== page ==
Population fluctuations of Peromyscus mani-culatus and other small mammals as revealed by the North American census of small mammals

Terman, C.Richard

American Midland Natur 76(2): 419-426

1966


Accession: 025262207

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Abstract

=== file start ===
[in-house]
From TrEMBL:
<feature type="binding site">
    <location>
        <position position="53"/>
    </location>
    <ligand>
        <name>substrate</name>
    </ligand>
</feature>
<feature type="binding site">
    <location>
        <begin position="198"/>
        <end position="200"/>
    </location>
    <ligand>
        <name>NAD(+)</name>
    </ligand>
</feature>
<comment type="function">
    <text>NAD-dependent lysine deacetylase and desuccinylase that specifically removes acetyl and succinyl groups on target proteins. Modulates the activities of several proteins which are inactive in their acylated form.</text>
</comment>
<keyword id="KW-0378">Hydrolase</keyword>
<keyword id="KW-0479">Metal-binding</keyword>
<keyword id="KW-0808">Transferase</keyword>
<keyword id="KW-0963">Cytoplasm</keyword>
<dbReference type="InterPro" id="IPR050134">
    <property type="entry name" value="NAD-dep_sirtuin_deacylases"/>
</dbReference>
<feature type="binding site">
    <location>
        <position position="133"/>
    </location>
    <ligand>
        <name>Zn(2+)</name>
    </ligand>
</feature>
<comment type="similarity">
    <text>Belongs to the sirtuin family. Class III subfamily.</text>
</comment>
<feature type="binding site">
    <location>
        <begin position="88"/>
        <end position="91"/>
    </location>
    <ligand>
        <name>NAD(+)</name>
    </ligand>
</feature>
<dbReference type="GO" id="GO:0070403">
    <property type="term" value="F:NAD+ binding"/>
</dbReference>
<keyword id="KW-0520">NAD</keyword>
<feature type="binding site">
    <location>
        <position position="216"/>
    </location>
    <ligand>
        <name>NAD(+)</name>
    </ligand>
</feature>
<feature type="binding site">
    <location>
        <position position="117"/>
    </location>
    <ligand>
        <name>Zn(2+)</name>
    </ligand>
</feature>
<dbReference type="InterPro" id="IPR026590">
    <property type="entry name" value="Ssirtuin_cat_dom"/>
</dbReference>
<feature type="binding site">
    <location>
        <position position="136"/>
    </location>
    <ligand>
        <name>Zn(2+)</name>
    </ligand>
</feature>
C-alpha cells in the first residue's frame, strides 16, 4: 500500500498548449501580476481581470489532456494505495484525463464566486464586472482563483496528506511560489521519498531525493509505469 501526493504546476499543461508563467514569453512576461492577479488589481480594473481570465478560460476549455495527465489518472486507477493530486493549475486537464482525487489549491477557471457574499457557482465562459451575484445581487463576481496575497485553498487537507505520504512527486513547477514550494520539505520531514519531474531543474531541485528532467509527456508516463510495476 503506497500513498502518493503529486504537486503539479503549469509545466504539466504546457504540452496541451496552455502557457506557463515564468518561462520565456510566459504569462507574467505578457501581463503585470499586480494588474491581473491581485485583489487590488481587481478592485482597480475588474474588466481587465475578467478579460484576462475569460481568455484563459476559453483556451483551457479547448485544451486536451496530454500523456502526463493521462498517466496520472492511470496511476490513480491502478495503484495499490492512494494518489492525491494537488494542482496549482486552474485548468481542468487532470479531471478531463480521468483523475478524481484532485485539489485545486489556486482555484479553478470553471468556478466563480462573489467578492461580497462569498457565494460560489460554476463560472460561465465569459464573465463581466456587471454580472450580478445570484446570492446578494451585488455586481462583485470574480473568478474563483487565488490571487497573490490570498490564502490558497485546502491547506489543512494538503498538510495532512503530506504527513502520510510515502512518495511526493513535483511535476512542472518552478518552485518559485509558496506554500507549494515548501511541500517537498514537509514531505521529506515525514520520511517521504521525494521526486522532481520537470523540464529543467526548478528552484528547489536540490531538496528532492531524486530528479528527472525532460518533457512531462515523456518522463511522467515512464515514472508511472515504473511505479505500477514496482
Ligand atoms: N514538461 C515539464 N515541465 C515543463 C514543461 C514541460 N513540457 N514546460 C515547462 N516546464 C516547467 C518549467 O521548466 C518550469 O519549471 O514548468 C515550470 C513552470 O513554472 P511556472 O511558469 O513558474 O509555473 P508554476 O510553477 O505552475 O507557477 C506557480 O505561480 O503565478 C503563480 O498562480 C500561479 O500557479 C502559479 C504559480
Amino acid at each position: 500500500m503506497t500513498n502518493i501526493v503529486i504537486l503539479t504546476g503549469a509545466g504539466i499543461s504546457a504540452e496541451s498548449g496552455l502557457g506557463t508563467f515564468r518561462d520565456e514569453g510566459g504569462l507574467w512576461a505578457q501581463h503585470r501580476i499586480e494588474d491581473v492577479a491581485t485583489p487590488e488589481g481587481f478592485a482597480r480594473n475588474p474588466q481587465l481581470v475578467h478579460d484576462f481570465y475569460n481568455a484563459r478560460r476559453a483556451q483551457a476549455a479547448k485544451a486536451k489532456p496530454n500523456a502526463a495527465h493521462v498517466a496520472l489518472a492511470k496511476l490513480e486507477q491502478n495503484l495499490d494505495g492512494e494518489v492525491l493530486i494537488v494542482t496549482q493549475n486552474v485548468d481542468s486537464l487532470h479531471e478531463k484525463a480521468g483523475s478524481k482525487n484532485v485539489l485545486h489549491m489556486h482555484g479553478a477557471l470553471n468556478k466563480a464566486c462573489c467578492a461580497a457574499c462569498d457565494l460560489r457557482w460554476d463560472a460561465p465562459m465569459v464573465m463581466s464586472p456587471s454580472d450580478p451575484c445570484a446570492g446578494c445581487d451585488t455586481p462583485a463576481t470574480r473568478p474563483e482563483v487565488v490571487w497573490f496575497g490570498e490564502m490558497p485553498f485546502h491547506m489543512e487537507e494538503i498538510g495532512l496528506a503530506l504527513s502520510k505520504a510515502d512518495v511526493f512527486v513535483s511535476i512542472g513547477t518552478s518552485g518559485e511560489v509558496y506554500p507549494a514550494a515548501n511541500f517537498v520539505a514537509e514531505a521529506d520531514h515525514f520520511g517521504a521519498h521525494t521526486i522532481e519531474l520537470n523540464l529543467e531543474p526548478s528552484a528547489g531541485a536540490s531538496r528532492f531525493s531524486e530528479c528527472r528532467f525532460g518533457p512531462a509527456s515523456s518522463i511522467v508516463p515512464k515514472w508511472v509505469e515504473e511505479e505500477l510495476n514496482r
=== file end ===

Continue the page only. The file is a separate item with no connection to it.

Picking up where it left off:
Data collected in the "North American Census of Small Mammals" were analyzed to reveal fluctuations in local populations of several species of small mammals through successive years of trapping. The failure of a species to fluctuate widely is suggested as indicative of effective biological or sociobiological controlling mechanisms. Peromyscus maniculatus and Blarina brevicauda populations exhibited a markedly smaller average range of population fluctuations than did Microtus montanus, M. californicus, M. pennsylvanicus and Reithrodontomys megalotis. These ranges in fluctuations between maximum and minimum population levels were evaluated according to the average number of years required for the change to take place. This evaluation was referred to as the Fluctuation Index (F. L) and reflected the potential for a species to fluctuate in a short period of time. Blarina brevicauda (9.6) and Peromyscus maniculatus (10.6) exhibited the two lowest F. I. Values, while Microtus montanus and M. calif ornicus exhbited the two highest (52.3 and 80, respectively). The data support the hypothesis that Peromyscus maniculatus and Blarina brevicauda may be more sensitive to factors controlling population growth and thus their growth is limited within a narrower numerical range of variability than is true for more widely fluctuating forms.